Taxonomy term

harvey leifert

Geomedia: Mixed media: Geo-art collaboration shifts perspectives on earth materials

“Arts and Sciences.” The phrase is familiar to students and faculty on most campuses, often serving as the moniker of colleges or other curricular subdivisions within universities. While the pairing suggests a joint enterprise of some sort between the two fields, it might more aptly be termed, “Arts or Sciences,” as curricula rarely encompass both.

23 Jun 2017

An undersea volcano yields its secrets

One of the world’s most active volcanoes has been seen by only a handful of humans, because it lies about 1.5 kilometers below the surface of the Pacific Ocean and 470 kilometers west of the Oregon-Washington border. Nevertheless, the Axial Seamount on the Juan de Fuca Ridge is one of the best studied of all volcanoes, thanks to the Ocean Observatories Initiative (OOI), a global network of seven arrays consisting of more than 800 instruments.

19 Dec 2016

Wintering in the high Arctic reveals surprising results

A summary of the results of the winter 2015 Norwegian Young Sea ICE Expedition (N-ICE), during which the Lance, a Norwegian research vessel, drifted for six months with the shrinking Arctic sea ice reaching as far as 83 degrees north. More than 70 scientists from 10 countries participated in the second-only winter field survey of the Arctic ice pack, and what they found surprised them.

14 Dec 2016

Rosetta mission ends with a bang: But the discoveries will continue

Rosetta crashed onto the surface of a comet on Sept. 30, bringing its mission to an end, though the scientific analysis and discoveries will continue for decades. We examine a few of the biggest surprises and highlights of Rosetta’s scientific journey so far.

30 Sep 2016

What's in a name: Rosetta, Philae, and 67P?

All of the names associated with the Rosetta mission, including the orbiter itself, the lander and all of the place names coined by mission scientists on 67P, refer to ancient Egyptian sites or deities, in homage to the Egyptian origin of the Rosetta Stone and Philae obelisk.

30 Sep 2016

Philae: Achievement and disappointment

Rosetta’s Philae lander made the first landing on the surface of a comet when it touched down on Nov. 12, 2014, three months after Rosetta began orbiting 67P. The landing, though historic, did not go as planned, and Philae was unable to accomplish much of the scientific program that had been scheduled for its 10 instruments.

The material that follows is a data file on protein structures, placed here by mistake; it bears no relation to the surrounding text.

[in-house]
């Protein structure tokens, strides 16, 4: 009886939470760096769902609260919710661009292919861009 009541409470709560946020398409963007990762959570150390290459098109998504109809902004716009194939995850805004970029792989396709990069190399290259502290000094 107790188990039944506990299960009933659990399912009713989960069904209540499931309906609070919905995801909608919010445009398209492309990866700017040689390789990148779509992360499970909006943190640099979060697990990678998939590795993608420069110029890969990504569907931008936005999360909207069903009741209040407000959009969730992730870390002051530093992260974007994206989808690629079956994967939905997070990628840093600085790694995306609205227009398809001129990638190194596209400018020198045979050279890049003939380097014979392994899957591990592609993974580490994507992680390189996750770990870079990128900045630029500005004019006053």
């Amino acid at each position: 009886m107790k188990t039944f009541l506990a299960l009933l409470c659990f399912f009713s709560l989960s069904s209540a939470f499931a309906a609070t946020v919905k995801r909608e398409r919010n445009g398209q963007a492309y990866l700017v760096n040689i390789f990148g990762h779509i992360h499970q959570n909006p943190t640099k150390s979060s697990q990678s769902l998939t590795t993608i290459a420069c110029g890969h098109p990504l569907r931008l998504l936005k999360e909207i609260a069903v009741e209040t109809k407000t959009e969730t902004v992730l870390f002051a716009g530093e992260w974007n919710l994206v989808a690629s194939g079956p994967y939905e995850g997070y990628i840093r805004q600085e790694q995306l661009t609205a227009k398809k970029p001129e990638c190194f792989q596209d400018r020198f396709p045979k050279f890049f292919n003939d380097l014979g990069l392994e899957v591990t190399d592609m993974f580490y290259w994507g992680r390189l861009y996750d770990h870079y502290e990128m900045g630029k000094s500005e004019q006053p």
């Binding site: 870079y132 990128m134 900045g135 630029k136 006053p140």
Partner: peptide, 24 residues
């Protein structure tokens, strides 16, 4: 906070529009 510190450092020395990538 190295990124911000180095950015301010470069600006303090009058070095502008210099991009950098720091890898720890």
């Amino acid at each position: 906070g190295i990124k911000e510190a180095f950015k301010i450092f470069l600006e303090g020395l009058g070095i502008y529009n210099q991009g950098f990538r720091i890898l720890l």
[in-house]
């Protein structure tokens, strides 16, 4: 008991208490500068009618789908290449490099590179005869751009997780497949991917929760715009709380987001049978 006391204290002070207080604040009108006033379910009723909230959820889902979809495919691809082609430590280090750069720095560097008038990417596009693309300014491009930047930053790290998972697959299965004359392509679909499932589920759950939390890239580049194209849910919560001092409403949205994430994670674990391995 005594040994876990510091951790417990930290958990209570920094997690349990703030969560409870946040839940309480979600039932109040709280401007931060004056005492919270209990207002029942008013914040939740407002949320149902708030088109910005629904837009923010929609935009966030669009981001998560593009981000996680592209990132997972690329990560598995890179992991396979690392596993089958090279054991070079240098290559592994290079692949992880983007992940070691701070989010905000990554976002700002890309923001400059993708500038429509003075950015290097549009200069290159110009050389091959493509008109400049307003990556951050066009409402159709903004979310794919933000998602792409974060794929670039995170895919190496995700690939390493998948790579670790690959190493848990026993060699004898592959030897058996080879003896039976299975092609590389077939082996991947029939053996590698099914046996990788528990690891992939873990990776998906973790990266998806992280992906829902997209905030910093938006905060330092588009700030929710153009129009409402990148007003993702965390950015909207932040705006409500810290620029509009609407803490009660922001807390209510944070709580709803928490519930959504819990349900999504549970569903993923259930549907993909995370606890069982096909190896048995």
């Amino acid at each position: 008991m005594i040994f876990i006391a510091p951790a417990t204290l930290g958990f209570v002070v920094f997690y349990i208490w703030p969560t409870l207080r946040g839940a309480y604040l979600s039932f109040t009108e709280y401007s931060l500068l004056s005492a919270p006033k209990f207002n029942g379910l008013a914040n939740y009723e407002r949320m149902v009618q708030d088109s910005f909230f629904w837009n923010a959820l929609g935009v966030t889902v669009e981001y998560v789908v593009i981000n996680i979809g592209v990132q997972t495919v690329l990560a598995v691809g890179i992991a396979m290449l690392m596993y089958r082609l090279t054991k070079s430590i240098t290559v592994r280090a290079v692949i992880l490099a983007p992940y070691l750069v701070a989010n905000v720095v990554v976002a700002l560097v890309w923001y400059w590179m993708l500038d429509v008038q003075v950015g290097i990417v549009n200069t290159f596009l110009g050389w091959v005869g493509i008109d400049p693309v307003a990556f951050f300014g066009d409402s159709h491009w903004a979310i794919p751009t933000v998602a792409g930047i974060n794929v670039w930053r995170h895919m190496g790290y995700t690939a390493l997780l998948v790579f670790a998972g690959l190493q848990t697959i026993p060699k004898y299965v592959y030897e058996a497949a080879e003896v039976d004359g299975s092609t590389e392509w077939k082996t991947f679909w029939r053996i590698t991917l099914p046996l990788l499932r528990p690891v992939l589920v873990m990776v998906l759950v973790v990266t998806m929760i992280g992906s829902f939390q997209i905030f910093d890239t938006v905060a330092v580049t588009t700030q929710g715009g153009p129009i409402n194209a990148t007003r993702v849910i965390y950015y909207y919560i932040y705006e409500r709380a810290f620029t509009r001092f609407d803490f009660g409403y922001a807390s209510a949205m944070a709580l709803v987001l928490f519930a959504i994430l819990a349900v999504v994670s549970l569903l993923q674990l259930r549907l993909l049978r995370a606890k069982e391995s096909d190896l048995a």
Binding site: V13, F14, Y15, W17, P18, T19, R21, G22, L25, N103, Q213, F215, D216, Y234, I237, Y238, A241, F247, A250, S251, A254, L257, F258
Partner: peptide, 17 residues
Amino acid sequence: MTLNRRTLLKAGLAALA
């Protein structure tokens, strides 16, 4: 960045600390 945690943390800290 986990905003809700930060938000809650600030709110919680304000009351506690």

30 Sep 2016

Rosetta's journey

Launch date: March 2, 2004

Launch place: French Guiana

Launch mass: Rosetta: 2,900 kilograms; Philae: 100 kilograms

Rosetta dimensions: 2.8 x 2.1 x 2.0 meters, plus two 14-meter solar panels

30 Sep 2016

Lunar atmosphere more active than we thought

LADEE — pronounced “laddie” and short for Lunar Atmosphere and Dust Environment Explorer — was among the shortest-lived of NASA’s successful satellites. Launched on Sept. 7, 2013, it crashed onto the moon’s surface, as intended, on April 17, 2014, after six months orbiting the moon. Data collected by LADEE have already greatly expanded our understanding of the atmosphere of the moon and other bodies in the solar system; the spacecraft also made a number of unexpected discoveries, some of which were presented at the fall meeting of the American Geophysical Union (AGU) in San Francisco last December.

28 Mar 2016

Did three convicts survive their escape from Alcatraz? Modern modeling adds to a decades-old mystery

What is known about the caper is that three inmates — brothers Clarence and John Anglin, along with Frank Morris — dug their way out of the supposedly escape-proof federal penitentiary, located in San Francisco Bay, on the night of June 11, 1962. Leaving realistic-looking heads sculpted from papier maché, complete with real hair, in their bunks as dummies, the convicts made their way to the shoreline with a makeshift raft assembled mostly from several dozen rubber raincoats. They slipped off the island into dense fog and were never seen or heard from again.

14 Jan 2015

New satellite maps carbon dioxide sources and sinks in high definition

A recently launched satellite is now measuring atmospheric carbon dioxide with greater precision than ever before. Launched on July 2, the Orbiting Carbon Observatory-2 (OCO-2) is already mapping levels of carbon dioxide, the presence of which in the air constantly varies by region and over time. It has also validated a new technique of analysis that was not even contemplated when the mission was planned, according to scientists who discussed the mission at a press conference during the annual meeting of the American Geophysical Union (AGU) in San Francisco.

23 Dec 2014

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